where is the positive constant that satisfies (2.12). Furthermore, there exists a minimal hedge , where
and the process is given by (2.30).
If in addition, the reward is intrinsic, that is, for some measurable function , then the rational price does not depend on the mean growth rate of the stock and
3. Fréchet and Extended Fréchet Derivatives
In this section, results are proven that allow the use of a Dynkins formula for stochastic functional differential equation as found in [16, 17]. We assume contingent claims of European type in which the -measurable reward function has the explicit expression , where again , and is the unit price of the stock described by the following equation: where . Throughout this section, we assume that , and therefore , are uniformly bounded almost surely. This assumption is realistic for the price of a stock during time interval in a financial system with finite total wealth.
The remaining sections make extensive use of Fréchet derivatives. Let be the space of bounded linear functionals . is a real separable Banach space under the supremum operator norm For , we denote the Fréchet derivative of at by . The second Fréchet derivative at is denoted as .
Let be the vector space of all simple functions of the form , where and is defined by Form the direct sum and equip it with the complete norm Then has a unique continuous linear extension from to which we will denote by , and similarly for ; see  or  for more details.
Finally, we define for all and , where is defined by Let . We say that if has a continuous Fréchet derivative. Similarly, if has a continuous th Fréchet derivative. For , we say that if is infinitely differentiable in its first variable and has a continuous th partial derivative in its second variable.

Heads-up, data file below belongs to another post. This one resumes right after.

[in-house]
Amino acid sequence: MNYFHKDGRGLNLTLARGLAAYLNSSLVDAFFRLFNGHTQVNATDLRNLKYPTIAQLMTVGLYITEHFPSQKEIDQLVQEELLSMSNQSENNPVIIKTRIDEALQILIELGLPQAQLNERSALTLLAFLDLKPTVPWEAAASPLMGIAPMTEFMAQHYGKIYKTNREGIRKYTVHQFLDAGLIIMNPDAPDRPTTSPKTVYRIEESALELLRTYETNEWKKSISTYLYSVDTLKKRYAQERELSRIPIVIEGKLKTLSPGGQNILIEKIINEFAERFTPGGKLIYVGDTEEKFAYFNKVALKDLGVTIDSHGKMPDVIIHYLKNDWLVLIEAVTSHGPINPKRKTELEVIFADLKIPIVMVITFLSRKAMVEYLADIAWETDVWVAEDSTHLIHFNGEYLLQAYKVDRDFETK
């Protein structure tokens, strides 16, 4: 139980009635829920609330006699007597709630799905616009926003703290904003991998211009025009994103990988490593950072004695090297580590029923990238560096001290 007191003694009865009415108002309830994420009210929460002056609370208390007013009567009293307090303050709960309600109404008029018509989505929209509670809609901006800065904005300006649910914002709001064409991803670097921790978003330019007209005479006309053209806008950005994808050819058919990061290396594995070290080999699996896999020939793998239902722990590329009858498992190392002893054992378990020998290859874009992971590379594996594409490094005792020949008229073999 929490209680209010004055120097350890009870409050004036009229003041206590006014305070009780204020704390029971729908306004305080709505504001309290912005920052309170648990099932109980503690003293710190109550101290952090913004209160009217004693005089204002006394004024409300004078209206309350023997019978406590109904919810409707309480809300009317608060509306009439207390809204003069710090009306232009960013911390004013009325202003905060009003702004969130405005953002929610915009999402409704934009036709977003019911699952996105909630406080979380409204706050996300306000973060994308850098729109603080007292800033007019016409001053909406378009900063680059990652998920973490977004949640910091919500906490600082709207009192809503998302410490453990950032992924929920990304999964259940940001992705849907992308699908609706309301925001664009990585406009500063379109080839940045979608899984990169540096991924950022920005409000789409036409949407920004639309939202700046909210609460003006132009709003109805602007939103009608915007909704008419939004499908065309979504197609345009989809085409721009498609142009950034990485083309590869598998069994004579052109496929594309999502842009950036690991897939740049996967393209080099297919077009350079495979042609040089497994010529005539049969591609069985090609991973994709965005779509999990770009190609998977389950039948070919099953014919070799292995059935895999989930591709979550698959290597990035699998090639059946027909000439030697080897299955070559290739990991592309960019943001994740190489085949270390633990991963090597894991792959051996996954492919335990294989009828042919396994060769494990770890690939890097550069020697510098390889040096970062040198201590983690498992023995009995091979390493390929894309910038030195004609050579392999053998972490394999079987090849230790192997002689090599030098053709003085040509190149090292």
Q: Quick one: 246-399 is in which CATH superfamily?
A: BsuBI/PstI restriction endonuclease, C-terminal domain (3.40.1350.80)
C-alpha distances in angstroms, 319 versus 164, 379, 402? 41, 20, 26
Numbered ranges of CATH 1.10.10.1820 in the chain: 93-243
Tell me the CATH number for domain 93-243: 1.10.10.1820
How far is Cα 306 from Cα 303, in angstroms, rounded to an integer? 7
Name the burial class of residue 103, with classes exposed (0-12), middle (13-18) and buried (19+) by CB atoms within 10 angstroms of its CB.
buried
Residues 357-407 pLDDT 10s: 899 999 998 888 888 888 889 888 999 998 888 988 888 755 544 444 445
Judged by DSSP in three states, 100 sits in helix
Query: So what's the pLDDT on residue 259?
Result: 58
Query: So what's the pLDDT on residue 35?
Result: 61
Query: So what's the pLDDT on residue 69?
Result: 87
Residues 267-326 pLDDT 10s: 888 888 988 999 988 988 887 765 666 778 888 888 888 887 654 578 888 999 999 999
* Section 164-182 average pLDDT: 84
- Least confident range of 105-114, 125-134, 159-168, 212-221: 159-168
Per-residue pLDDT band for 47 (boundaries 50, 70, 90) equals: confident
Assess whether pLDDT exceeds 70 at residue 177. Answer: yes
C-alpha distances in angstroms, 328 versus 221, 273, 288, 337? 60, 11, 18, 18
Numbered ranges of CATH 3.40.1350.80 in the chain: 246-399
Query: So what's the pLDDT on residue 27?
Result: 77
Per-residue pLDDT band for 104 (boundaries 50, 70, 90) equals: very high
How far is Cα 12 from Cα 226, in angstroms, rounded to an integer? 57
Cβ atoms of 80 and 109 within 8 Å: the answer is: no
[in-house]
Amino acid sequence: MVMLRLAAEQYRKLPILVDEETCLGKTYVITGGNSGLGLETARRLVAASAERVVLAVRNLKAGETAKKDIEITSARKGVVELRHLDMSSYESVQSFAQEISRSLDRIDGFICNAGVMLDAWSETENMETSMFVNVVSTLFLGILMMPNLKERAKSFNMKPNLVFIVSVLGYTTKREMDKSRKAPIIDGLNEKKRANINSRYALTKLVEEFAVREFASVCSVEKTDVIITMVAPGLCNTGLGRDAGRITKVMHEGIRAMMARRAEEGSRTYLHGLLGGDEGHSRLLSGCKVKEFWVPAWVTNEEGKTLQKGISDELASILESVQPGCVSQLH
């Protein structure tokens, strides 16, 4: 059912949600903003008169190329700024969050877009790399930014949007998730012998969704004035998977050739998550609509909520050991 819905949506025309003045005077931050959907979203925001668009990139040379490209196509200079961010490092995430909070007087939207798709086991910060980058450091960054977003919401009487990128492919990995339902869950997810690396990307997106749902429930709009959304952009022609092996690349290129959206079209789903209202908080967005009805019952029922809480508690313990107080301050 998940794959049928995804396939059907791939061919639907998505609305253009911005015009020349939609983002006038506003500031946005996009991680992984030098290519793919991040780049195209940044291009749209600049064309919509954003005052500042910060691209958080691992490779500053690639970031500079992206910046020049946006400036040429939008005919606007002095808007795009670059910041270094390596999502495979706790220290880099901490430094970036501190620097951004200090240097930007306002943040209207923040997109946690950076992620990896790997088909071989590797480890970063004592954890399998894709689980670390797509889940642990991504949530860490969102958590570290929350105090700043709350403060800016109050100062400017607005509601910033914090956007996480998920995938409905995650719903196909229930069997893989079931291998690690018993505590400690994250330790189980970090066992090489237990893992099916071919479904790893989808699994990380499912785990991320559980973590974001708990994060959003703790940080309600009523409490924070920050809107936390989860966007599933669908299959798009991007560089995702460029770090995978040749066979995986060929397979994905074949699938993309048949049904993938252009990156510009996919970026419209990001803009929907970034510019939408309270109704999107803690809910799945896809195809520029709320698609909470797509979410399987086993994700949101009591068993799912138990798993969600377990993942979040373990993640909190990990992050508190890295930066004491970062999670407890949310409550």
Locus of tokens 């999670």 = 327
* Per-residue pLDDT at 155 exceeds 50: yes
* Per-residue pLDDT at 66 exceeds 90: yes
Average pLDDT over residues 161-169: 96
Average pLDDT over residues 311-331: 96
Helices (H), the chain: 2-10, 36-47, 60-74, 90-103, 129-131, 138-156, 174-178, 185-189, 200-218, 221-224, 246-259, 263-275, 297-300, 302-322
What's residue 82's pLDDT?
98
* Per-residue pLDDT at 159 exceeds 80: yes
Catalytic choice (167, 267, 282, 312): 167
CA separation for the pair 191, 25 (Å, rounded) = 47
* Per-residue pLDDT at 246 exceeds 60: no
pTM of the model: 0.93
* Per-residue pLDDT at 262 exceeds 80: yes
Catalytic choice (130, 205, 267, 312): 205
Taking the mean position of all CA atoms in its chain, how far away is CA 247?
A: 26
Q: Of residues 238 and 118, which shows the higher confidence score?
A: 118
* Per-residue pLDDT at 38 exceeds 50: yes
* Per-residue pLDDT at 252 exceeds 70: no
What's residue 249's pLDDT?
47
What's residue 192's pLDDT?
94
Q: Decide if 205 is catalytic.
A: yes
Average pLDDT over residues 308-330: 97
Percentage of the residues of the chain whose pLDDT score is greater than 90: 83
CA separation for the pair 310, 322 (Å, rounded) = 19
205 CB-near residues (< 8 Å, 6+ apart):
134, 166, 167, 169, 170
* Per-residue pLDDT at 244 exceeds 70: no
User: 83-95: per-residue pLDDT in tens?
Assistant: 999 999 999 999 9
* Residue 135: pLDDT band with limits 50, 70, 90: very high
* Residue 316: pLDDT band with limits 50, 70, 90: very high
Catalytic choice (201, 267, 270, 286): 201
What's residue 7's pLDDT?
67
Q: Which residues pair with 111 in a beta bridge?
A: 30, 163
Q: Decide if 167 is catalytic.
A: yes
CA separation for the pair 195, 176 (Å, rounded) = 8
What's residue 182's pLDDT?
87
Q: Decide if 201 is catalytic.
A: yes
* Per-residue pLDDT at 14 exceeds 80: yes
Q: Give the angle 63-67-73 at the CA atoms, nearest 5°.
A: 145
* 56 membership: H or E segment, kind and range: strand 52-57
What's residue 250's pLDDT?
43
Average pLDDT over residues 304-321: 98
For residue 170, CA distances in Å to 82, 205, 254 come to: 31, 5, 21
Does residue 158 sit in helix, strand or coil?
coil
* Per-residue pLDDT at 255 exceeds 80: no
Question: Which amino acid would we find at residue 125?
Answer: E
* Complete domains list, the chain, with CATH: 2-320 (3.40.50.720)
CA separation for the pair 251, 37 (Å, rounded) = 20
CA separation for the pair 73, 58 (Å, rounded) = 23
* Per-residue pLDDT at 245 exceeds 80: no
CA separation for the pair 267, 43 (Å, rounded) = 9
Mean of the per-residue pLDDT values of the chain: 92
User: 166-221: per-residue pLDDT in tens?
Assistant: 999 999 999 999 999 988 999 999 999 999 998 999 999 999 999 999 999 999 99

Proposition 3.1. Let and with . Define by Then .
Proof. That is is clear, so we have only to show that , where given that .
We have that with . Under Assumption 2.1 on and the properties of , it can be shown that there exists such that . Therefore, By Theorem , Chapter 2 of , as a function of . By a second application of the same theorem (since ), we have that as a function of . Define by . Since and in its third variable, . Hence, for , where is a function mapping continuous functions into the reals such that The last integral is clearly and is bounded and linear in , so this integral is the first Fréchet derivative with respect to . Since , the process can be repeated, giving a second Fréchet derivative with respect to and so .
Proposition 3.2. Let and . Further assume and let be defined by Then if and are globally Lipschitz, then so is .
Recall from Proposition 3.1 that is where with .
Proposition 3.3. Let and . Further assume and let be defined by Then if and are globally bounded, then so is .
Proof. We have that where we used the assumption that and hence are globally bounded to move the limit inside the integral and .
Remark 3.4. Note that since is bounded for all , exits. Also, if is bounded, exits (see ).
4. The Infinite-Dimensional Black-Scholes Equation